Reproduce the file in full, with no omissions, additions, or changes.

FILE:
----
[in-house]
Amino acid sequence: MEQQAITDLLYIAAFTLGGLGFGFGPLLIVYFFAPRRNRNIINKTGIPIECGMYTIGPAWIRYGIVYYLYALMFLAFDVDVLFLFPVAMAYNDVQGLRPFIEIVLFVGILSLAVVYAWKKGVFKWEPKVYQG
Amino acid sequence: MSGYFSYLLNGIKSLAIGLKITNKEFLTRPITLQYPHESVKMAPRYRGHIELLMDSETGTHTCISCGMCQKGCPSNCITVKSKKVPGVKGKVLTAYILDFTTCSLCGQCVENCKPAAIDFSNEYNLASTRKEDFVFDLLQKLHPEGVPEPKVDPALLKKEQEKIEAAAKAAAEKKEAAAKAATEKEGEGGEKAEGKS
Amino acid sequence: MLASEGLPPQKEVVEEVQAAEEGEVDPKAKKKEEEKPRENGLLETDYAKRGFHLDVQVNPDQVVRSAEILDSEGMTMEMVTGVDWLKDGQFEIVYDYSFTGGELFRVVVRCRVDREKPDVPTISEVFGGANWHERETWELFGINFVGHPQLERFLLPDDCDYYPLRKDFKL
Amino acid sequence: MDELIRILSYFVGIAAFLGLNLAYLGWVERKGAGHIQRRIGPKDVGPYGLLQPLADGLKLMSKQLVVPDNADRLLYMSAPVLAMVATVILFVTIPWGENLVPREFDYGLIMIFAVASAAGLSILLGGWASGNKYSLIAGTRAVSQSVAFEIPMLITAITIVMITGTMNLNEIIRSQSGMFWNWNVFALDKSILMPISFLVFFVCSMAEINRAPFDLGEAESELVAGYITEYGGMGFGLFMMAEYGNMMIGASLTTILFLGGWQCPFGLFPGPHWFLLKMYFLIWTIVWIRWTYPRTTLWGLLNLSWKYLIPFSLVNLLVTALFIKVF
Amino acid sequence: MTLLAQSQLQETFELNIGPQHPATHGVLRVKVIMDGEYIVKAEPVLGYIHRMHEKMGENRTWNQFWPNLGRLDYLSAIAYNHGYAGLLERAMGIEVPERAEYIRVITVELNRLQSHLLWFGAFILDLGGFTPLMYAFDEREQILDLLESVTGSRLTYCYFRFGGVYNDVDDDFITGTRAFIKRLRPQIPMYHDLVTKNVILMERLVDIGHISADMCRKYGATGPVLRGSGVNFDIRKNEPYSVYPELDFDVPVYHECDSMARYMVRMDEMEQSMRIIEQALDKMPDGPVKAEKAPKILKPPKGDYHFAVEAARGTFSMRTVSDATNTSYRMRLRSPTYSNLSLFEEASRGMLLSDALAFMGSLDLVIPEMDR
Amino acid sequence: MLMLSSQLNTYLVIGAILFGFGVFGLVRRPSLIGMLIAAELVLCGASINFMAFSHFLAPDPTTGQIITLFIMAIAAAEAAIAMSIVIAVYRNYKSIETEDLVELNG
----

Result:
[in-house]
Amino acid sequence: MEQQAITDLLYIAAFTLGGLGFGFGPLLIVYFFAPRRNRNIINKTGIPIECGMYTIGPAWIRYGIVYYLYALMFLAFDVDVLFLFPVAMAYNDVQGLRPFIEIVLFVGILSLAVVYAWKKGVFKWEPKVYQG
Amino acid sequence: MSGYFSYLLNGIKSLAIGLKITNKEFLTRPITLQYPHESVKMAPRYRGHIELLMDSETGTHTCISCGMCQKGCPSNCITVKSKKVPGVKGKVLTAYILDFTTCSLCGQCVENCKPAAIDFSNEYNLASTRKEDFVFDLLQKLHPEGVPEPKVDPALLKKEQEKIEAAAKAAAEKKEAAAKAATEKEGEGGEKAEGKS
Amino acid sequence: MLASEGLPPQKEVVEEVQAAEEGEVDPKAKKKEEEKPRENGLLETDYAKRGFHLDVQVNPDQVVRSAEILDSEGMTMEMVTGVDWLKDGQFEIVYDYSFTGGELFRVVVRCRVDREKPDVPTISEVFGGANWHERETWELFGINFVGHPQLERFLLPDDCDYYPLRKDFKL
Amino acid sequence: MDELIRILSYFVGIAAFLGLNLAYLGWVERKGAGHIQRRIGPKDVGPYGLLQPLADGLKLMSKQLVVPDNADRLLYMSAPVLAMVATVILFVTIPWGENLVPREFDYGLIMIFAVASAAGLSILLGGWASGNKYSLIAGTRAVSQSVAFEIPMLITAITIVMITGTMNLNEIIRSQSGMFWNWNVFALDKSILMPISFLVFFVCSMAEINRAPFDLGEAESELVAGYITEYGGMGFGLFMMAEYGNMMIGASLTTILFLGGWQCPFGLFPGPHWFLLKMYFLIWTIVWIRWTYPRTTLWGLLNLSWKYLIPFSLVNLLVTALFIKVF
Amino acid sequence: MTLLAQSQLQETFELNIGPQHPATHGVLRVKVIMDGEYIVKAEPVLGYIHRMHEKMGENRTWNQFWPNLGRLDYLSAIAYNHGYAGLLERAMGIEVPERAEYIRVITVELNRLQSHLLWFGAFILDLGGFTPLMYAFDEREQILDLLESVTGSRLTYCYFRFGGVYNDVDDDFITGTRAFIKRLRPQIPMYHDLVTKNVILMERLVDIGHISADMCRKYGATGPVLRGSGVNFDIRKNEPYSVYPELDFDVPVYHECDSMARYMVRMDEMEQSMRIIEQALDKMPDGPVKAEKAPKILKPPKGDYHFAVEAARGTFSMRTVSDATNTSYRMRLRSPTYSNLSLFEEASRGMLLSDALAFMGSLDLVIPEMDR
Amino acid sequence: MLMLSSQLNTYLVIGAILFGFGVFGLVRRPSLIGMLIAAELVLCGASINFMAFSHFLAPDPTTGQIITLFIMAIAAAEAAIAMSIVIAVYRNYKSIETEDLVELNG